In addition, our Church Order (originating at the Synod of Dort) states that although the consistory may call for other gatherings on special occasions, “Worship services shall be held in observance of Christmas, Good Friday, Easter, Ascension Day, and Pentecost…” (emphasis added).
The Westminster Confession embraced explictly the “one-in-seven” principle, anchoring the Christian Sabbath in creation, “to be kept holy unto him: which, from the beginning of the world to the resurrection of Christ was the last day of the week; and from the resurrection of Christ was changed into the first day of the week, which, in Scripture, is called the Lord’s day, and is to be continued to the end of the world, as the Christian Sabbath.” There is no list of forbidden activities, but the general requirement to exchange ordinary “worldly employments and recreations [that] are lawful on other days” for “public and private exercises of his worship and in the duties of necessity and mercy” (Ch. 21). The Confession allows for public services “on special occasions,” but Puritans generally opposed the celebration of Christmas and other holy days. When one examines the ways in which these days were abused (not unlike today), this approach is quite understandable.
Reformed churches came to argue that Christ’s resurrection was sufficiently epoch-changing that it moved the weekly Sabbath to Sunday. Dutch Reformed theologian J. Douma warns, however.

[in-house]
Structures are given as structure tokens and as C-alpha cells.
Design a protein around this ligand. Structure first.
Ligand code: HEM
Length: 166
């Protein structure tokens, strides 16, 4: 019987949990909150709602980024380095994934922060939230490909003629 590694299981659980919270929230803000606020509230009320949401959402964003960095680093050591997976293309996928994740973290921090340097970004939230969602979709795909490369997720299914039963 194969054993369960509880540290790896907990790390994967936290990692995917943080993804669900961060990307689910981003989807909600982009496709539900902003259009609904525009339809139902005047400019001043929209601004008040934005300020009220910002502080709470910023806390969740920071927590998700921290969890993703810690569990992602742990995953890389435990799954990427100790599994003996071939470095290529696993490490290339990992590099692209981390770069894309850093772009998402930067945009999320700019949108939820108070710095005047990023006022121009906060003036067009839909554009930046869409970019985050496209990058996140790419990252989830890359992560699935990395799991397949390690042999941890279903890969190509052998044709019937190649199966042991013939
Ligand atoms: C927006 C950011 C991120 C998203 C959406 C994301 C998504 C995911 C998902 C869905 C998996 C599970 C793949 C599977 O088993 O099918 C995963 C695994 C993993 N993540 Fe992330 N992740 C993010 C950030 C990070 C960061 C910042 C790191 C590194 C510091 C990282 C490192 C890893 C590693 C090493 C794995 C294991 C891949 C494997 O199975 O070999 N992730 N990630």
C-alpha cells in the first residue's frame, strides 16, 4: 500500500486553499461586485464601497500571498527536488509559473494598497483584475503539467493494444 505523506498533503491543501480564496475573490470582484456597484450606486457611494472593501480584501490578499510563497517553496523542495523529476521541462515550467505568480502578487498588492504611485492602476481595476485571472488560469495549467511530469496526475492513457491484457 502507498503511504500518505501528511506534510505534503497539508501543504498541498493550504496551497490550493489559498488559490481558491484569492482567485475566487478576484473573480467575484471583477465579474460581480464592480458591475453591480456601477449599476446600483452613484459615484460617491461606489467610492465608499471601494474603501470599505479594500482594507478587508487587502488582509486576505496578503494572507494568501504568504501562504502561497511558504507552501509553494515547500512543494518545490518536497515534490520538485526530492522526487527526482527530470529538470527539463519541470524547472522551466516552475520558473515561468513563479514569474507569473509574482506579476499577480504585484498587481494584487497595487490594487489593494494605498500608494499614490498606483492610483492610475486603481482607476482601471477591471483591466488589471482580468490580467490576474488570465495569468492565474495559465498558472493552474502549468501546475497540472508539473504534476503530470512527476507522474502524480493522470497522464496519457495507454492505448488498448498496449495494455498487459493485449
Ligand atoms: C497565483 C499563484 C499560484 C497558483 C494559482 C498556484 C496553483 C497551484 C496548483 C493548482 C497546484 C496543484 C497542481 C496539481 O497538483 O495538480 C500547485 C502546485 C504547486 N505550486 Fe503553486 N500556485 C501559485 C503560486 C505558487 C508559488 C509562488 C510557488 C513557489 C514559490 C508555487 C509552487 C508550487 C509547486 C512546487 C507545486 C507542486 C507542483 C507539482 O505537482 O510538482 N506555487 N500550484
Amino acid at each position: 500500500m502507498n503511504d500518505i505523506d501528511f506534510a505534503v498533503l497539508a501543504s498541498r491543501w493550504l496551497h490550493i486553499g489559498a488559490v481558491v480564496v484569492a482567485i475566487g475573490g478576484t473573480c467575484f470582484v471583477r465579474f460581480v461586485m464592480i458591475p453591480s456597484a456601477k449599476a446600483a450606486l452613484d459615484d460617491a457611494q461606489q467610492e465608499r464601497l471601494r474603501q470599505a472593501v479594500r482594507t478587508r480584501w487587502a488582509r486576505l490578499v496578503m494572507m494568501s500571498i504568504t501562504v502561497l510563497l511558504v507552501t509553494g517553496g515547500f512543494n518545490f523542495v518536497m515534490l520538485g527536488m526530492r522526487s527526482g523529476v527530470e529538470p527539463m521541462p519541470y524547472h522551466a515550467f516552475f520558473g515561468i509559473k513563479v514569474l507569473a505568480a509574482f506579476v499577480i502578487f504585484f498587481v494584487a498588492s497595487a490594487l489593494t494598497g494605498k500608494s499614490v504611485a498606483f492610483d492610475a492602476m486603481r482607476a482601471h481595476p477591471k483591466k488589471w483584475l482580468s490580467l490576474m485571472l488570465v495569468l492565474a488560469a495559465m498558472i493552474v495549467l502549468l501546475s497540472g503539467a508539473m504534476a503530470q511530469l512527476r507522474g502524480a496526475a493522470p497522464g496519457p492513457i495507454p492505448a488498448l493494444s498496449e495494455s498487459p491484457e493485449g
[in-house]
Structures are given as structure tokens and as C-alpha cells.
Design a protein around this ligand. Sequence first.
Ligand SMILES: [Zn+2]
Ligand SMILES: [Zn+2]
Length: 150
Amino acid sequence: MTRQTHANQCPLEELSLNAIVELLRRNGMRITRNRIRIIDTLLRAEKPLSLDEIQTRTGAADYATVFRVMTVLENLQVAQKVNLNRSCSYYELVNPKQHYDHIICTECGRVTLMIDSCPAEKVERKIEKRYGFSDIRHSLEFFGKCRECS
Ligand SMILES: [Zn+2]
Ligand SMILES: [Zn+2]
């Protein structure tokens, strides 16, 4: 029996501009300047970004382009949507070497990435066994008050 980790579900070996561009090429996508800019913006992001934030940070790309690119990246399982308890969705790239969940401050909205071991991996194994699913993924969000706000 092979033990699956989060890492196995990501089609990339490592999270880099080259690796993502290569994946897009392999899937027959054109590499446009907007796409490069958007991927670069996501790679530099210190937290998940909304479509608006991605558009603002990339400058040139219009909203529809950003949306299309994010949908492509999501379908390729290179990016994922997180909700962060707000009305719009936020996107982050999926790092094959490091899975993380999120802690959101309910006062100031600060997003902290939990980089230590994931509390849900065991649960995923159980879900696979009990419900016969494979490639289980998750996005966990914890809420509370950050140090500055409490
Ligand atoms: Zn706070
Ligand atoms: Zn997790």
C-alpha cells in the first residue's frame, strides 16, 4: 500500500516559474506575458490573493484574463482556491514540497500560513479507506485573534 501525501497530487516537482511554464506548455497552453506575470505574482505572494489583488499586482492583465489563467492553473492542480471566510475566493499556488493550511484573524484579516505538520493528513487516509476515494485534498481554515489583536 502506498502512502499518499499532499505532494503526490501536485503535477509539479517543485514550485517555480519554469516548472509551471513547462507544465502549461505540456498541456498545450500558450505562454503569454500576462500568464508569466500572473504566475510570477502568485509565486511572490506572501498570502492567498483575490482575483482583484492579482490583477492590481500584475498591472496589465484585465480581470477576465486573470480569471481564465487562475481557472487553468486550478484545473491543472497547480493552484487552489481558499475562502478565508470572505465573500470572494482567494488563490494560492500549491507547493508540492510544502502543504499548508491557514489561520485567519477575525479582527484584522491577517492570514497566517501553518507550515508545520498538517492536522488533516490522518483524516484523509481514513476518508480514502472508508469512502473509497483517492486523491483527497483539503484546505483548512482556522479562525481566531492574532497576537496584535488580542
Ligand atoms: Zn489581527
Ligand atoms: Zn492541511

The distortion of the Sabbath given in the casuistry of the Pharisees finds its mirror image in various casuistries related to what we may and may not do on Sunday. Every gospel—whether concerning the exodus from Egypt or concerning Christ’s redemption—can be made into a law.” This happened in the church, especially during the Middle Ages, “because the church no longer grasped the gospel of the fourth commandment. And this, after Christ’s own instruction about the Sabbath, is even more blameworthy” (121-2).
Paul warns against the superstitious attachment to holy days (Rom 14:5), particularly when people fail to realize that the old covenant Sabbaths and festivals were pointing to Christ as the reality (Col 2:16-17; see also Gal 4:10). This is the point, too, of Hebrews 4: an everlasting rest in Christ, that is signified by the various sabbaths under the old covenant. The Lord’s day is never said explicitly to be the Sabbath in the New Testament, but the fact that the former is set aside by the apostles singles Sunday out as the divinely ordained festival of Christ’s resurrection. As J. Douma points out, these passages clearly indicate that “the Jewish Sabbath has ceased” (136). He adds a comparison with circumcision:
Christ is the fulfillment of circumcision. The shadow has disappeared; but precisely for this reason, something else could replace the Old Testament sacrament, something which, just like circumcision, signifies and seals the covenant: baptism. Christ is the fulfillment of the Sabbath. That shadow too has disappeared, but in its place something else could arise which, just like the Sabbath, commemorates liberation. Anybody wanting to maintain the fourth commandment without keeping time with the clock of redemptive history must stick with the Jewish Sabbath. But then such a person will catch no glimpse of the true, liberating intention off the fourth commandment…The shadows of circumcision, Passover, and Sabbath made room for the signs of baptism, Lord’s Supper, and Sunday (137).